Whether or not you’re ready to get pregnant is an intensely personal decision, with numerous important implications and consequences. So many things matter when it comes to having a baby, and contraception is of the utmost importance for most women. But, with so many options available, how do you choose?
Dr. Marsha Bornt and the staff at Apple Hill Gynecology understand why birth control is such a critical topic, and we know how difficult the decision about what method you choose can be. Your medical history, personal circumstances, goals, and many other factors come into play.
In this post we take a look at the four main types of birth control. We encourage you to discuss all your questions about contraception with Dr. Bornt because you are a unique individual and the best answers address your specific needs.
IUDs come in two forms: levonorgestrel intrauterine system and copper T intrauterine device. Each type of IUD is placed in your uterus and is designed for long-term birth control. Sometimes IUDs are referred to as LARCs—long-acting reversible contraceptives.
The levonorgestrel IUD releases a small amount of progestin each day and works for three to six years. The copper T IUD is a non-hormonal device and works for up to 10 years. Both have a failure rate of less than 1%. Either can be removed if you decide you want to get pregnant.
Hormonal contraceptives use either estrogen, progestin, or both to prevent pregnancy. According to the CDC, hormonal methods of birth control have a failure rate of around 7%. There are numerous types of hormonal contraceptives, including:
You can take a combined pill, which includes both estrogen and progestin. This type of contraceptive is available with a doctor’s prescription. There are some women who shouldn’t take it, such as those over the age of 35 who smoke.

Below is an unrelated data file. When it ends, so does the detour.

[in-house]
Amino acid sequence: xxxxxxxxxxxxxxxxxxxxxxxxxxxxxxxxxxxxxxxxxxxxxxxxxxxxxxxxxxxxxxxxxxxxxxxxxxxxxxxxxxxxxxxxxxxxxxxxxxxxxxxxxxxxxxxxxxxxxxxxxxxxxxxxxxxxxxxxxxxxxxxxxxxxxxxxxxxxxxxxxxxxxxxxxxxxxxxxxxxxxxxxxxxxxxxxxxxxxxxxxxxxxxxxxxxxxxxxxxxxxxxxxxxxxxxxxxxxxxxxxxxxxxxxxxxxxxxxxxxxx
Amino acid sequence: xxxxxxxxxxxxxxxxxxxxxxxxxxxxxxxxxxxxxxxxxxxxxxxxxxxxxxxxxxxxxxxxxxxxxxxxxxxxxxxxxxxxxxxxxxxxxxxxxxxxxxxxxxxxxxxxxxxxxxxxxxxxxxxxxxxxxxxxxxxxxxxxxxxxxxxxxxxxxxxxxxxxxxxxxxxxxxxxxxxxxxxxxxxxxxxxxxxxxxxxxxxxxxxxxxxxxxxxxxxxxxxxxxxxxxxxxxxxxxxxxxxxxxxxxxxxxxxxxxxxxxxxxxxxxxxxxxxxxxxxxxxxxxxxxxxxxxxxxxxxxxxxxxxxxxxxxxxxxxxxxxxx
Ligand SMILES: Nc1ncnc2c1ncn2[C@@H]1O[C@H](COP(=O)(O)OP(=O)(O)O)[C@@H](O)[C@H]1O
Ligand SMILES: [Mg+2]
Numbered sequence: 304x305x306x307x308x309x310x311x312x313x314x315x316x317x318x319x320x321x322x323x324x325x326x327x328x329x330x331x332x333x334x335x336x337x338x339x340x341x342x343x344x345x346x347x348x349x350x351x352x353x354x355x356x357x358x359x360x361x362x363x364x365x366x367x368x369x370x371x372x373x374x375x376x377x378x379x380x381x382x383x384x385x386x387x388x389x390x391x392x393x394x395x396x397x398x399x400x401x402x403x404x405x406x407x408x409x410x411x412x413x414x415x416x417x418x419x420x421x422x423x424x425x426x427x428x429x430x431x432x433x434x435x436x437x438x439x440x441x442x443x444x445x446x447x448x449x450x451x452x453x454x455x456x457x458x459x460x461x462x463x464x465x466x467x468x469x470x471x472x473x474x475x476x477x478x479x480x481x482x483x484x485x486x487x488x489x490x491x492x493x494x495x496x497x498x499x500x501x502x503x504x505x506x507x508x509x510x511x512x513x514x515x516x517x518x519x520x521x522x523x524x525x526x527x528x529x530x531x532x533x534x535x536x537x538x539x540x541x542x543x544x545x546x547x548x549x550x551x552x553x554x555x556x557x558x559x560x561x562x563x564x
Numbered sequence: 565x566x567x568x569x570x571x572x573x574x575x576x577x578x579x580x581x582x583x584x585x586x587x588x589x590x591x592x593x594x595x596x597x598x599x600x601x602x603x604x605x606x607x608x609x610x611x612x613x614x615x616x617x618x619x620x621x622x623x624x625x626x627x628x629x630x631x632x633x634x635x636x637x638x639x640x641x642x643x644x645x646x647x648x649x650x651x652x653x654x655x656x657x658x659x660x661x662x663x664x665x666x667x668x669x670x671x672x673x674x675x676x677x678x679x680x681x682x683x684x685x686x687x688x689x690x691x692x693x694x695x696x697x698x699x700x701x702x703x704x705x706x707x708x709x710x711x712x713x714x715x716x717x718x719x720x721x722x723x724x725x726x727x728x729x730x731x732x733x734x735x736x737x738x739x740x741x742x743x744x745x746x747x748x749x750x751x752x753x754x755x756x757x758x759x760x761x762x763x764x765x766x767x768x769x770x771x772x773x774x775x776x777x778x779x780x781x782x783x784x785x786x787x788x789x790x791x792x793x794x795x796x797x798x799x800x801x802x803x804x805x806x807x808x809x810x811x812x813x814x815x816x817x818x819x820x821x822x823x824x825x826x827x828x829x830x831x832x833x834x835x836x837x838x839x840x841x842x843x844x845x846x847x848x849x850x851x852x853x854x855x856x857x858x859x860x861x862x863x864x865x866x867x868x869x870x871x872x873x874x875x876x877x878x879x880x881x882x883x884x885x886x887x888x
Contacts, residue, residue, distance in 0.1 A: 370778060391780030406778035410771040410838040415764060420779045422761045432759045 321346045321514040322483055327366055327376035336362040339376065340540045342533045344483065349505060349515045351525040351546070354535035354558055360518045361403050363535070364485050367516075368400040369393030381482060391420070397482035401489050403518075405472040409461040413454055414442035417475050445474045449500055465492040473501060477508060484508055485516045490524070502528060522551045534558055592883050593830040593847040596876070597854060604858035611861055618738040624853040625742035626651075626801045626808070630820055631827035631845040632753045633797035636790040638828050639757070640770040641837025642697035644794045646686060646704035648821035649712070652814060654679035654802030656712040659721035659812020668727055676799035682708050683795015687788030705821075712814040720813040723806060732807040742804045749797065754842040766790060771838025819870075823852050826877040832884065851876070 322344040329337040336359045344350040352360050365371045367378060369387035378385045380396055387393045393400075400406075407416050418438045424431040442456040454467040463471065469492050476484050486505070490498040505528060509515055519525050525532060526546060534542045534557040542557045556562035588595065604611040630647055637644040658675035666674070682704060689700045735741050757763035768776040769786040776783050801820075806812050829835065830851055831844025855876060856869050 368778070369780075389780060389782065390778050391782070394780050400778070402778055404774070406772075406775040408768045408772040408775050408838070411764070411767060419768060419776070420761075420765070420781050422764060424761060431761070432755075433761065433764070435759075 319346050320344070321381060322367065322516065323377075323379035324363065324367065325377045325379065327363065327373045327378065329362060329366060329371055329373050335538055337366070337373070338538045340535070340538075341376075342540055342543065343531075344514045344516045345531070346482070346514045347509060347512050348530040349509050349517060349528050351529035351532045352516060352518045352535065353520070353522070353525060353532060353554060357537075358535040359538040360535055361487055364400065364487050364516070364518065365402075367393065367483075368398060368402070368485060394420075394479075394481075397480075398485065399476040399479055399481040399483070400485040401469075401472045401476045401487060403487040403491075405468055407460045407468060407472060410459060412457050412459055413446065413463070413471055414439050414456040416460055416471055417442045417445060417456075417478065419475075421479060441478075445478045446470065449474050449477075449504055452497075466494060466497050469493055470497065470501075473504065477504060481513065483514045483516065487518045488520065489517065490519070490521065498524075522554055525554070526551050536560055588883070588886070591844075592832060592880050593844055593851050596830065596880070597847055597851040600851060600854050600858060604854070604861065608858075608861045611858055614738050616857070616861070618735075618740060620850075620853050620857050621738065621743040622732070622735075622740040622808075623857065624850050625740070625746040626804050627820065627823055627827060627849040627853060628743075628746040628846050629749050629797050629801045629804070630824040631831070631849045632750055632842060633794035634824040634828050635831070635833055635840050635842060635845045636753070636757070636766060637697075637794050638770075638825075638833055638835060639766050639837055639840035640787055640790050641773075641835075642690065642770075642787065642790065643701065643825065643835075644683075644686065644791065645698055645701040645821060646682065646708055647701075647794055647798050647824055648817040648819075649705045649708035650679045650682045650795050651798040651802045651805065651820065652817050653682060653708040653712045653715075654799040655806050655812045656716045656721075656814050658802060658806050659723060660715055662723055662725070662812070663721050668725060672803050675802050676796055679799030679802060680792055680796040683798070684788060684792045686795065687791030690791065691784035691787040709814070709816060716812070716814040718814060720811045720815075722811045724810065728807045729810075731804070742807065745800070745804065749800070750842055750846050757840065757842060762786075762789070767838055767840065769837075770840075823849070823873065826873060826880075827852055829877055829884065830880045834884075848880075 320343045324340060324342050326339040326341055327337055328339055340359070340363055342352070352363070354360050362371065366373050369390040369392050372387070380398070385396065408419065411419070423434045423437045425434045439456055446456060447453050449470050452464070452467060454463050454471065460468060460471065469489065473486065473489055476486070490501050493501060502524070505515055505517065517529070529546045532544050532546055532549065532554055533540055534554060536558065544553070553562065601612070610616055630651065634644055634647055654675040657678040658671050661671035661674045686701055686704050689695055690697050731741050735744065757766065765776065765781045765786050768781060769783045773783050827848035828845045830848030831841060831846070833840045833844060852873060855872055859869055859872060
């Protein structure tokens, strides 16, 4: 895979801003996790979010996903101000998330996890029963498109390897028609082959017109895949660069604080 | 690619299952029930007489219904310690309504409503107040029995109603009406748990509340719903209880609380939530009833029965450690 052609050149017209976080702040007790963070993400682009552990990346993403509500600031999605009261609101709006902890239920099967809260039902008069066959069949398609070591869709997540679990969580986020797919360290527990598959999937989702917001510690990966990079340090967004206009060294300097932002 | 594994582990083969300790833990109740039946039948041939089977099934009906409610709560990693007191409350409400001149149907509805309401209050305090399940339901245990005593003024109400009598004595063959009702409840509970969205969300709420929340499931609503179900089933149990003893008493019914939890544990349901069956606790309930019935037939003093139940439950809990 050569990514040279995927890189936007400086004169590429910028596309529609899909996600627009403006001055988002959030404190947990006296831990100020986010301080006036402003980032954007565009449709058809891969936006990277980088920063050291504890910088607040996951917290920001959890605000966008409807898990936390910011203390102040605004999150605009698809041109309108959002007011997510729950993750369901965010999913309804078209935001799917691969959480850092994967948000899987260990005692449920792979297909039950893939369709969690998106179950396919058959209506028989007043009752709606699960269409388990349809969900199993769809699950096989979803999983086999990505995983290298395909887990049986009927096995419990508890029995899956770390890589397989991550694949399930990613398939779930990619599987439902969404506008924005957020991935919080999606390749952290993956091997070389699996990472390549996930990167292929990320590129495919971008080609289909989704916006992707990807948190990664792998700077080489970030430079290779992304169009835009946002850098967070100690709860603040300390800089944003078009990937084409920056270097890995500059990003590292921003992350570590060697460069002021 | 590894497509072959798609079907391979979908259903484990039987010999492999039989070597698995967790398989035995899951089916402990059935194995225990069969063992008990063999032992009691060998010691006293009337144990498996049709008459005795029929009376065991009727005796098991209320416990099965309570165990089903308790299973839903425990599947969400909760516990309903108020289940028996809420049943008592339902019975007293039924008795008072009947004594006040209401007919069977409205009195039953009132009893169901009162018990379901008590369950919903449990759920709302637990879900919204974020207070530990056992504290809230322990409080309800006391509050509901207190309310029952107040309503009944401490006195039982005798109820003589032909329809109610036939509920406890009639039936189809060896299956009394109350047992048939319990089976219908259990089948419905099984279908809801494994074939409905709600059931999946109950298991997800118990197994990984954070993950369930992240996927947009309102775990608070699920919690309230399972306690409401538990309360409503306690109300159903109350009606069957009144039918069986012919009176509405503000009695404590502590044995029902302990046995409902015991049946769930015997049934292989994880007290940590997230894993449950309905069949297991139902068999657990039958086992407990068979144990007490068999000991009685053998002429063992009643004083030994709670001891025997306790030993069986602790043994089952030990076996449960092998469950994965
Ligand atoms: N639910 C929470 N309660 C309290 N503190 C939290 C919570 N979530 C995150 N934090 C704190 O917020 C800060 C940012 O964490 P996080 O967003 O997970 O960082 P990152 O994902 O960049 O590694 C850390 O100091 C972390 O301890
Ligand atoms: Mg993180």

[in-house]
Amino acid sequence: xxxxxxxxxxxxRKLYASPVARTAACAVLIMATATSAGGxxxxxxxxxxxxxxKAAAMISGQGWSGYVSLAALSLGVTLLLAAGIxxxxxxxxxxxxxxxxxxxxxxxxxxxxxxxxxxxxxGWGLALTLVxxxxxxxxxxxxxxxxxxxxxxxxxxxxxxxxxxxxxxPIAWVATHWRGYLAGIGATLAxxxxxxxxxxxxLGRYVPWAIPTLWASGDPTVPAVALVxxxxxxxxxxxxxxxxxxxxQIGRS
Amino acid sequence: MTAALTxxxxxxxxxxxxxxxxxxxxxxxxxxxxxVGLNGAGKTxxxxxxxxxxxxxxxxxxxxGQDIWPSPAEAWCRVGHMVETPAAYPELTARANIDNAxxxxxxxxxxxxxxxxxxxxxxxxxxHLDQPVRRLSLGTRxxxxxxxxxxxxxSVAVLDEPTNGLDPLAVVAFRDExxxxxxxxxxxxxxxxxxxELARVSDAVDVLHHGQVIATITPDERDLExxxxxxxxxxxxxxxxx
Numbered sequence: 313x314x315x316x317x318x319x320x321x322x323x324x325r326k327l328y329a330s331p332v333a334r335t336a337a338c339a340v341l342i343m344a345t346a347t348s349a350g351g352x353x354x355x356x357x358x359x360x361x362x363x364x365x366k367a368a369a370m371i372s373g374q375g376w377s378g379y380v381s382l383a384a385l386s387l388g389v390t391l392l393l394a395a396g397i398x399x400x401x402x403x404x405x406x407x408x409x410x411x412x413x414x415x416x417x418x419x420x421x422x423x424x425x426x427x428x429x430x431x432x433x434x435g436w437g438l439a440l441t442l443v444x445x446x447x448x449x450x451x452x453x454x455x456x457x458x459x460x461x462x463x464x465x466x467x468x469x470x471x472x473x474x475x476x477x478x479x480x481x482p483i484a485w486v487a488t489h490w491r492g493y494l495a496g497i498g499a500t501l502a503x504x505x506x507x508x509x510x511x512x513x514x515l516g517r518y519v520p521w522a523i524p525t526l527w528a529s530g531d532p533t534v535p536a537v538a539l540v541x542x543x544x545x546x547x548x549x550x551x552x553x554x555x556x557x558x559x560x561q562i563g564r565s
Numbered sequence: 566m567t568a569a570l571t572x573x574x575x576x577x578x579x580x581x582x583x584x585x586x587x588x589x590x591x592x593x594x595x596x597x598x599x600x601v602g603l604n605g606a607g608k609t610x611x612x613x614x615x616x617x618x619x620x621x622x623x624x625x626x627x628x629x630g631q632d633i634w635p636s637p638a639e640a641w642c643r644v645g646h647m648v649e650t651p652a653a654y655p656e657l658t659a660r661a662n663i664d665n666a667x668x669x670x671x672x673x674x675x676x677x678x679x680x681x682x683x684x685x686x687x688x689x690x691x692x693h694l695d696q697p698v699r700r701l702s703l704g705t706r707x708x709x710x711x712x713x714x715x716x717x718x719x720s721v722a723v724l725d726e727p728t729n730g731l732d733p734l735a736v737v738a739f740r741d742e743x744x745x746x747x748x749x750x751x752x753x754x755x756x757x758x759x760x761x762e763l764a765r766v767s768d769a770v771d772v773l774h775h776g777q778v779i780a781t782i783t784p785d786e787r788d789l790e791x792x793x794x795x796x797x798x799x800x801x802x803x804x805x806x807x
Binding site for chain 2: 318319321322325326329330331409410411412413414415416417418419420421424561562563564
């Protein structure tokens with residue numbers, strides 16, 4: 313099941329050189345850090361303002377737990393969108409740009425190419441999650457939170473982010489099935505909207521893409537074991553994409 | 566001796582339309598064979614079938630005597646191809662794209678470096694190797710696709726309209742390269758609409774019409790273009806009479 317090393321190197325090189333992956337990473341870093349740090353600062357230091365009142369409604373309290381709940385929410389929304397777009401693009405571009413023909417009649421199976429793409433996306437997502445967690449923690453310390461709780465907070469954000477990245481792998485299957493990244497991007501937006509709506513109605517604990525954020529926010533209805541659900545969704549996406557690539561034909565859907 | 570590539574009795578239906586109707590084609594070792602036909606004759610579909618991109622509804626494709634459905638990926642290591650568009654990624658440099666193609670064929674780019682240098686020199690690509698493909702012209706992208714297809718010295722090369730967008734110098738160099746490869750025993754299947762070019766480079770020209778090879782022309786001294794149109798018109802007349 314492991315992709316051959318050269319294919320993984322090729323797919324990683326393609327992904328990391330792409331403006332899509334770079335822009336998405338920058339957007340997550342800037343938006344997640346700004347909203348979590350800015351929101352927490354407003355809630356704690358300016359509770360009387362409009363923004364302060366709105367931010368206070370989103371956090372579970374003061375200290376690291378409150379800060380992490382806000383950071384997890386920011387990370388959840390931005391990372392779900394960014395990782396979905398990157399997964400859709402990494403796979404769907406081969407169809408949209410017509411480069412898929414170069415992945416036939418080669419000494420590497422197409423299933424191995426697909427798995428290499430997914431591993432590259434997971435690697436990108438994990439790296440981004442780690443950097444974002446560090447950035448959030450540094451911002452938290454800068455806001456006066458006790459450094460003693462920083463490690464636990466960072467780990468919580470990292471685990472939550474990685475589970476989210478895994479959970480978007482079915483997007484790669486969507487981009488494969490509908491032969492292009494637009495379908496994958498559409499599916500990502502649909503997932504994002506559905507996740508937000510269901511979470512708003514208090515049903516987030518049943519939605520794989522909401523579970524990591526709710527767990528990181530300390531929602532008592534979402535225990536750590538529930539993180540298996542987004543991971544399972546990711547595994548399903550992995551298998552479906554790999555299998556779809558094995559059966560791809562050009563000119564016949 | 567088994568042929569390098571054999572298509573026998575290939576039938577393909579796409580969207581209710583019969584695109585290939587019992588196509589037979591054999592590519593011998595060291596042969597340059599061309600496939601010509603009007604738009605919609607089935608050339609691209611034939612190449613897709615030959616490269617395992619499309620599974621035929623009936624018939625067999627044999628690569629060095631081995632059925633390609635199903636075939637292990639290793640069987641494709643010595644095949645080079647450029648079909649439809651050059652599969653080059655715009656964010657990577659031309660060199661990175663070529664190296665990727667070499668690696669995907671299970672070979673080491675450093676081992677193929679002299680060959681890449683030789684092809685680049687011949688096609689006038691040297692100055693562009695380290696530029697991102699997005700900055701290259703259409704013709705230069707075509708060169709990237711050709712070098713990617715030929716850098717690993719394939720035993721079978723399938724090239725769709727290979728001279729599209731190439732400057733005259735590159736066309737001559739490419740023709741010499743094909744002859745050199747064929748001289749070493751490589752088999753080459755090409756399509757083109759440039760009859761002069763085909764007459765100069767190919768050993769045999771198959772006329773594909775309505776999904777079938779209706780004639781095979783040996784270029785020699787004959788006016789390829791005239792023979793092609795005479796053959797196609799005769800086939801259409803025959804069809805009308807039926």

Progestin-only pills, which are sometimes called the mini-pill, are also available with a prescription and may be a good option if you can’t take the combined pill.
A small patch that releases hormones through your skin can be worn on your lower abdomen, buttock, or upper body. You replace the patch once a week for three weeks, then skip the fourth week.
You place a ring that releases hormones inside your vagina for three weeks, remove it during the fourth week, then put in a new ring.
Like hormonal methods, there are several options for contraceptives that work by creating a barrier between sperm and egg, including:
Both of these devices cover your cervix and block sperm. They are shaped slightly differently, but work similarly. You place the device in your vagina, usually in combination with spermicide, to prevent sperm from reaching your egg.
Dr. Bornt will need to properly fit you for a diaphragm or cervical cap to make sure you’re using the right size. The failure rate for these devices is around 17%.
A contraceptive sponge is placed inside the vagina and works for about 24 hours and must remain in place for at least six hours following intercourse. Once you remove it, throw it away.
A sponge contains spermicide, and the failure rate depends on whether you’ve had a baby before. For women who have not, it’s around 14%, and for women who have had a baby, it’s about 27%.
A condom worn by a man prevents sperm from entering the woman. In addition to functioning as birth control, male condoms made of latex can also prevent spreading many sexually transmitted diseases. Failure rate is around 13% when used properly.
Condoms used by women may help prevent STDs as well as pregnancy. They can be inserted up to eight hours prior to intercourse and have a failure rate of around 21%.
Available as creams, foams, gels, tablets, films, or a suppository, a spermicide is placed in the vagina. Spermicides can be used in combination with a male condom, diaphragm, or cervical cap. Used alone, spermicides have a failure rate of about 21%.
By understanding when your egg is most likely to be fertilized, you may be able to avoid pregnancy. You need to track your menstrual cycle and avoid sex on the days you’re fertile. Most women have at least nine fertile days per month. Depending on how you track and how closely you adhere to the method, the failure rate could be anywhere between 2-23%.
If you have questions about which method is right for you, please schedule an appointment to talk to Dr. Bornt. You may be surprised by the number of available options!